1 IDENTIFICATION DIVISION.
2 PROGRAM-ID. HELLO-WORLD.
3 * simple hello world program
4 PROCEDURE DIVISION.
5 DISPLAY ‘Hello world!’.
6 STOP RUN.

It must be said that COBOL programs are disliked by many programmers for being extremely wordy, which could be considered a productivity decrease.

The MIT Jargon File⁷ has this to say:

COBOL fingers /koh’bol fing’grz/ n. Reported from Sweden, a (hypothetical) disease one might get from coding in COBOL. The language requires code verbose beyond all reason (see candygrammar); thus it is alleged that programming too much in COBOL causes one’s fingers to wear down to stubs by the endless typing. “I refuse to type in all that source code again; it would give me COBOL fingers!”

Nevertheless, making programming accessible to a greater number of people constituted a productivity improvement on the whole, and it was still a lot less code than assembly.

In the late fifties two other influential languages came into being at the same time, LISP, which is sometimes still used today for AI (Artificial Intelligence) programming, and ALGOL (ALGOrithmic Language).

Just about every language in common use today is a descendant of not FORTRAN or COBOL, but of ALGOL (sometimes with a little LISP influence thrown in for good measure). But those descendants would only start to appear twenty years later, the next decade belonged to the computer manufacturers and the electrical engineers. They would improve programming productivity not through languages, but through hardware and operating systems.

“Here is a language so far ahead of its time, that it was not only an improvement on its predecessors, but also on nearly all its successors.”⁸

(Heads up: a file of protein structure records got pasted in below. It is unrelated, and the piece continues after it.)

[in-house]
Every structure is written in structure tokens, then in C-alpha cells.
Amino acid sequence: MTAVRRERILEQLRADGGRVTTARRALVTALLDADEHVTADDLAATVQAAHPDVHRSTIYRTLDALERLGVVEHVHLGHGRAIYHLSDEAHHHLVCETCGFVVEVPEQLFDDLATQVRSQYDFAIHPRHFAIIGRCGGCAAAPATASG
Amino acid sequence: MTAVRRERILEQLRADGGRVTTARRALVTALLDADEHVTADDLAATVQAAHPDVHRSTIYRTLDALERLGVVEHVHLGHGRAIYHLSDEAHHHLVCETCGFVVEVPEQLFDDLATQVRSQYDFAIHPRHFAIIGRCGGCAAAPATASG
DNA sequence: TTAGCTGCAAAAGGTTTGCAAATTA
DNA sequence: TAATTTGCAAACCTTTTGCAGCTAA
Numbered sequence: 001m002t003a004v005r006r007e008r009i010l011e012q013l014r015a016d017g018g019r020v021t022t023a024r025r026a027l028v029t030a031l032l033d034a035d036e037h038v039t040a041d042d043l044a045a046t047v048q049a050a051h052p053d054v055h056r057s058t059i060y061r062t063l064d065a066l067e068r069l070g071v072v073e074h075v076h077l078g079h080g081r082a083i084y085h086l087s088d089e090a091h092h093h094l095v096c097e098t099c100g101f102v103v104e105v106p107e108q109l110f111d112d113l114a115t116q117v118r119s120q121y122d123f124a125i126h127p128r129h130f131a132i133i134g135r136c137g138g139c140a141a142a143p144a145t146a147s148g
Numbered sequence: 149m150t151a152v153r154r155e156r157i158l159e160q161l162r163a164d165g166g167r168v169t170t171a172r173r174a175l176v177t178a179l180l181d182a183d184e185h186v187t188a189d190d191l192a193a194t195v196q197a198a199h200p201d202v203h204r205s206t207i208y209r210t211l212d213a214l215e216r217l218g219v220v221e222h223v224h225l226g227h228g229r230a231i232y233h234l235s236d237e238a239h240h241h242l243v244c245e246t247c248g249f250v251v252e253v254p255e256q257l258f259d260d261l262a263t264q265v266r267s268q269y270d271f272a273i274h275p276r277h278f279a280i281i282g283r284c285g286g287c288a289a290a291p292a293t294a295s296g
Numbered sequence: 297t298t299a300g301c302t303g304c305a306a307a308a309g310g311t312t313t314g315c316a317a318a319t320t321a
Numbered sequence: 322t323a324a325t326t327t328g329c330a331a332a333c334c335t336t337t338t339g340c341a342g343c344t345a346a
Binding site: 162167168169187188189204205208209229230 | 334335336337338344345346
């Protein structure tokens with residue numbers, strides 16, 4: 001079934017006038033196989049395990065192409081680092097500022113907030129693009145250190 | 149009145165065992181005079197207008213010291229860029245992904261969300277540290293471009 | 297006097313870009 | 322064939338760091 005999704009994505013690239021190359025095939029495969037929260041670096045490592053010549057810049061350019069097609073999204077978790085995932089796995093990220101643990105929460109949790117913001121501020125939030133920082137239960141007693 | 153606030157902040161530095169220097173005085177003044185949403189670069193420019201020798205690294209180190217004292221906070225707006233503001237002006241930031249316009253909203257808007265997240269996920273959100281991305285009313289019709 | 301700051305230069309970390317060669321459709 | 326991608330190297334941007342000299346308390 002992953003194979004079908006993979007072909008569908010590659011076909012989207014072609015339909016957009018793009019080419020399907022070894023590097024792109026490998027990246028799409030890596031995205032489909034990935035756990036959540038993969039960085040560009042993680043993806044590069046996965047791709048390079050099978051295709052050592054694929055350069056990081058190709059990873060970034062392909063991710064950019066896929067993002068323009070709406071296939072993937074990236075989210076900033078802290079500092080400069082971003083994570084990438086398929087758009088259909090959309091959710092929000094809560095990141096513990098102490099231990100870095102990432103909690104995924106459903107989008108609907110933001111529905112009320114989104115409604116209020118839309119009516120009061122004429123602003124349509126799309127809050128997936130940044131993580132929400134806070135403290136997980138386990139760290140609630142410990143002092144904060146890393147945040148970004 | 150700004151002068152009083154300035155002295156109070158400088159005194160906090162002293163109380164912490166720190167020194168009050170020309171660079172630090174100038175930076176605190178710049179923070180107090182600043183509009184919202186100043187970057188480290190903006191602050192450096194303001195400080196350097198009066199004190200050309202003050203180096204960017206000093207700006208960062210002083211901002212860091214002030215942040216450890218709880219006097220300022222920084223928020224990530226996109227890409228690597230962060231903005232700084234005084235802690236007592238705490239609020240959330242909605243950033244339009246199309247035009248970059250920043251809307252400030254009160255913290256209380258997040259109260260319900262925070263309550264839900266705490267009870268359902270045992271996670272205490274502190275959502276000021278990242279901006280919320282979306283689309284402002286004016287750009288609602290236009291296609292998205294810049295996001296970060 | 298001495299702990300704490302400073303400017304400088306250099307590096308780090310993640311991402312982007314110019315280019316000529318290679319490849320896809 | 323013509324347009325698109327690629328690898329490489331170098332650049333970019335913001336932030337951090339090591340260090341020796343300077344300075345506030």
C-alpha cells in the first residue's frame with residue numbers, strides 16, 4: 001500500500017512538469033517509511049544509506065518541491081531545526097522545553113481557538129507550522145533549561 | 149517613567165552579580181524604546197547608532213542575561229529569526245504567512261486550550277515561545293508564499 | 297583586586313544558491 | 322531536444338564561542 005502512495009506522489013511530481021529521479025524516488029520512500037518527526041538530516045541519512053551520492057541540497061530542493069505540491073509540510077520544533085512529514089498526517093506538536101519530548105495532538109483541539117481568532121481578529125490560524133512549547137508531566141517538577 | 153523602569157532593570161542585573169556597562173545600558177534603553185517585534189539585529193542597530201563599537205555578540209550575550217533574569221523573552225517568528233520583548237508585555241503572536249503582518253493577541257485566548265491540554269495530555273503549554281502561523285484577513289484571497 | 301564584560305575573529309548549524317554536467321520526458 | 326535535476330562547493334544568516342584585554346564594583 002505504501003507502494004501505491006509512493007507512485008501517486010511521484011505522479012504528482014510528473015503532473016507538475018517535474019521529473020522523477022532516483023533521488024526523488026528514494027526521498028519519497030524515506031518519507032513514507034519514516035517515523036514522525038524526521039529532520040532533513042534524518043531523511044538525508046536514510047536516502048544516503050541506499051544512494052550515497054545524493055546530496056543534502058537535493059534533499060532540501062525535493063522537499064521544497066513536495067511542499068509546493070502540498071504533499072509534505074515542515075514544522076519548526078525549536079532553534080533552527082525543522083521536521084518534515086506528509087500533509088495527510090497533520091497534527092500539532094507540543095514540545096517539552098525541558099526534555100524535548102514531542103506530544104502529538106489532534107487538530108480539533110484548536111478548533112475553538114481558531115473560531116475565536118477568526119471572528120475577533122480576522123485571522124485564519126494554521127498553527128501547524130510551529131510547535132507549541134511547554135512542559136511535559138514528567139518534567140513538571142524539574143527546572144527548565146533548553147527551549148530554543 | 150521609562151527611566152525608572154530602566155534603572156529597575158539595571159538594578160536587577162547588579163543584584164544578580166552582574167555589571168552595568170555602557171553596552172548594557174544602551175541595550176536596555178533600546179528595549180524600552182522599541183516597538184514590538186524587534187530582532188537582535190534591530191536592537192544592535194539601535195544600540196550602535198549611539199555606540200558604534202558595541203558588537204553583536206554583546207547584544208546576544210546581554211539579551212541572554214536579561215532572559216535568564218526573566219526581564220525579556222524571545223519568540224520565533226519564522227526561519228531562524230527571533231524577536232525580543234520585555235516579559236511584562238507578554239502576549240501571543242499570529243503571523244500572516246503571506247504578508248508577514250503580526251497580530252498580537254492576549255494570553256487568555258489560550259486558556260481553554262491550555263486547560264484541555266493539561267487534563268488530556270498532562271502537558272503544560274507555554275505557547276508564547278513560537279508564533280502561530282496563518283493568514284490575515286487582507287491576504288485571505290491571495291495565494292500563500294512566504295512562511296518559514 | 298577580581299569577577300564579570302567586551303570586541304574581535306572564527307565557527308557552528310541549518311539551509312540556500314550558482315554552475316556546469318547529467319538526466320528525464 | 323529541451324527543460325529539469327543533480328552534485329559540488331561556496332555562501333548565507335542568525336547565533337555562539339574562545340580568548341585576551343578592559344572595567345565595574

~ Sir Charles Antony Richard Hoare
 Turing award winning computer scientist
 speaking about ALGOL

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[1] I will provide am in depth explanation of what abstraction means in computing later on, in Chapter Four.

[2] “The Jargon File is a glossary and usage dictionary of computer programmer slang. The original Jargon File was a collection of terms from technical cultures such as the MIT AI Lab, the Stanford AI Lab (SAIL) and others of the old ARPANET AI/LISP/PDP-10 communities, including Bolt, Beranek and Newman, Carnegie Mellon University, and Worcester Polytechnic Institute“. https://en.wikipedia.org/wiki/Jargon_File

The whole text is available at http://catb.org/jargon/html/index.html. I read it with religious fervor when I was in my larval stage. You can look up larval stage in the Jargon File.

[3] C. A. R. Hoare. 1973. Hints on Programming Language Design. Technical Report. Stanford University, Stanford, CA, USA.

This article is an excerpt from my upcoming book The Chaos Factory which explains why most companies and government can’t write software that “just works”, and how it can be fixed.